“Everyone who hates is a murderer” – 1 John 3:14
1 John 3:11-15
Competition has value. It drives us to be our best. But when comparison becomes the center of competition it leads to murder. This sounds like a ridiculous statement, but it is exactly what the Bible teaches.
Jesus points to the sixth commandment – “You shall not murder” (Exodus 20:13). His teachings show all life must be valued, but His explanation for this commandment is significant. In His Sermon on the Mount, Jesus equates an insulting anger with murder. He says the same punishment for murder should be administered to those who belittle others through their anger (Matthew 5:21-22). How could this be? What does murder have in common with anger in this context? In our text from 1 John we find the answer from the example of Cain. He murdered because of comparison.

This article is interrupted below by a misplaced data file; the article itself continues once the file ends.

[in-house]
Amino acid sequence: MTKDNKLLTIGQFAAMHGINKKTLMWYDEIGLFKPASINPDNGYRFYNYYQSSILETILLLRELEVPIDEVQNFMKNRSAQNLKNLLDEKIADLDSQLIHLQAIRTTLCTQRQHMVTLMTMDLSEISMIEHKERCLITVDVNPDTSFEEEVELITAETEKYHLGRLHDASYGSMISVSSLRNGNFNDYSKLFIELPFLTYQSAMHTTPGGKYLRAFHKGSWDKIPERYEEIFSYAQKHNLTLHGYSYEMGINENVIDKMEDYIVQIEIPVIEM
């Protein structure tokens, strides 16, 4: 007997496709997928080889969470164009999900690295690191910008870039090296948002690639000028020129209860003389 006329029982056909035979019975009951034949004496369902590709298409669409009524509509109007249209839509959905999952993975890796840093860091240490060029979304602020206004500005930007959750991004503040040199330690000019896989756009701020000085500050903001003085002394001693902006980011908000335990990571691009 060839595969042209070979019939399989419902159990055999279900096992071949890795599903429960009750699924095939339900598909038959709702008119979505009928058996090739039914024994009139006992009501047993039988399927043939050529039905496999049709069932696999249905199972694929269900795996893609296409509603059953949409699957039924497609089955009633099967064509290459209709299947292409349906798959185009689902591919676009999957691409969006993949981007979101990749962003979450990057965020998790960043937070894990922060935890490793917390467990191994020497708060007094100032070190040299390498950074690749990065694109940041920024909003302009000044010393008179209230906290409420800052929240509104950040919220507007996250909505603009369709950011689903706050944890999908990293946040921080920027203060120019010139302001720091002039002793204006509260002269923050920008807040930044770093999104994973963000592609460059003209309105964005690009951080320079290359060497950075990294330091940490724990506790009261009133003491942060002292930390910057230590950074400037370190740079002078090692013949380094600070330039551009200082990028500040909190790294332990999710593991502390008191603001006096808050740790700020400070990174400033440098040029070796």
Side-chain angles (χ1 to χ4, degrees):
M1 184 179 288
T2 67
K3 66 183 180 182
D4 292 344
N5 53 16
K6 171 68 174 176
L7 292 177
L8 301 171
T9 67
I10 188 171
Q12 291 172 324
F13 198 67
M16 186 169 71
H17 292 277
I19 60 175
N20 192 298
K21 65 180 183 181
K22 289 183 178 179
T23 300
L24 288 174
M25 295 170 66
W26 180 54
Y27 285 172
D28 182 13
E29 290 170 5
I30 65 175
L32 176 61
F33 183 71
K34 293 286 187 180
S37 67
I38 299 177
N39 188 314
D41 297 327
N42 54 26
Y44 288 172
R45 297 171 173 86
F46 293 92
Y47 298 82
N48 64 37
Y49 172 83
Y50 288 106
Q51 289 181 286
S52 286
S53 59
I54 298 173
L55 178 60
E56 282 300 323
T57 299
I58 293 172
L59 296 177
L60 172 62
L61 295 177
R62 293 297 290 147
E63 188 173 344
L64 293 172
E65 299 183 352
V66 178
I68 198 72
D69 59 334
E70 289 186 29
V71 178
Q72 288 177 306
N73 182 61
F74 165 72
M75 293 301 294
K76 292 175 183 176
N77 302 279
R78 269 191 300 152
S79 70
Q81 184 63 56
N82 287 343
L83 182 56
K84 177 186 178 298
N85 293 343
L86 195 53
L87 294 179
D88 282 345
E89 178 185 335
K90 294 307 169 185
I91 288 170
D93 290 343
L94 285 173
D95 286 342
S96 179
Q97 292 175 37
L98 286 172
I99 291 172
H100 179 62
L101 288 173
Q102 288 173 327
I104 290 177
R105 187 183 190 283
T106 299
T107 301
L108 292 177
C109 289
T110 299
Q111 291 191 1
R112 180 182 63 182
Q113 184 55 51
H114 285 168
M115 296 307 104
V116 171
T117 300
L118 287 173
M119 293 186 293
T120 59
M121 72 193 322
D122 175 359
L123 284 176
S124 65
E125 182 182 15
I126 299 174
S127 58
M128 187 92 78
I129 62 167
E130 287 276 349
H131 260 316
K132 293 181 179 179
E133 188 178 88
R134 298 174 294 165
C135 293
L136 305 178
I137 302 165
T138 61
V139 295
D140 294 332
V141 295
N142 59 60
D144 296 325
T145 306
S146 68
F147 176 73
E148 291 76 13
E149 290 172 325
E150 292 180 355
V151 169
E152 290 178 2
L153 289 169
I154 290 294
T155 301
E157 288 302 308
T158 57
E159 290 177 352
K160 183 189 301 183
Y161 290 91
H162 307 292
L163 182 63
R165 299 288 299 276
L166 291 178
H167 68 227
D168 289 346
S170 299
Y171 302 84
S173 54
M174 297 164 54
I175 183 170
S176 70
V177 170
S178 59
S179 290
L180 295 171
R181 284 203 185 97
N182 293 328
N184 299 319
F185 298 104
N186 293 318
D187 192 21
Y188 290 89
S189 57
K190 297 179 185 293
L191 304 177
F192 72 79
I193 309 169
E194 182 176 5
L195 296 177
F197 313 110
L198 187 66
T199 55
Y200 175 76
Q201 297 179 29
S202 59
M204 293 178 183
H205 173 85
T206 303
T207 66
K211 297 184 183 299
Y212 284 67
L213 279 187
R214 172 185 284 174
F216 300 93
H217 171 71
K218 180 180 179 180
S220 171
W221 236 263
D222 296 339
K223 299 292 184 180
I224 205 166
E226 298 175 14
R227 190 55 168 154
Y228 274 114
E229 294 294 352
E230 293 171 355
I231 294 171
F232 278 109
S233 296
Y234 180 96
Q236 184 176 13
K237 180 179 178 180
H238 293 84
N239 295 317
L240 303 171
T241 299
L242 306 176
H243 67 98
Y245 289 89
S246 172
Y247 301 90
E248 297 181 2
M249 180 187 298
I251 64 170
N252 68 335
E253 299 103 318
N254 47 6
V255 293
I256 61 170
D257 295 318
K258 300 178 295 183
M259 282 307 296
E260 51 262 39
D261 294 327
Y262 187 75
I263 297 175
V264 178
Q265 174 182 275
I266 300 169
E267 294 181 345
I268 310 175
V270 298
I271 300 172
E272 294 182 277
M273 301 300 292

While competition can bring out the best in us, it also provides an easy opportunity to compare ourselves with others. Competition is not to be blamed. The motives we bring to competition are the problem (James 4:1-3). Why do we compete? What matters most after the competition? How do I feel about my competition? Can I rejoice when I see others achieve success, or do I only rejoice when I win? These questions can expose our motives. As we allow God’s mission to direct our motives we will continue to compete to be our best. But our competitiveness leaves room for others to succeed. We can rejoice with all our competitors since they can equally honor the name of our God through their success.
“Humble yourselves before the Lord, and He will lift you up in honor.” (James 4:10)
1 – When your score doesn’t look as good as another’s, how do you feel toward your competitor?
2 – What do your emotions after competition tell you about your motives through competition?
3 – How can God be glorified when you don’t win?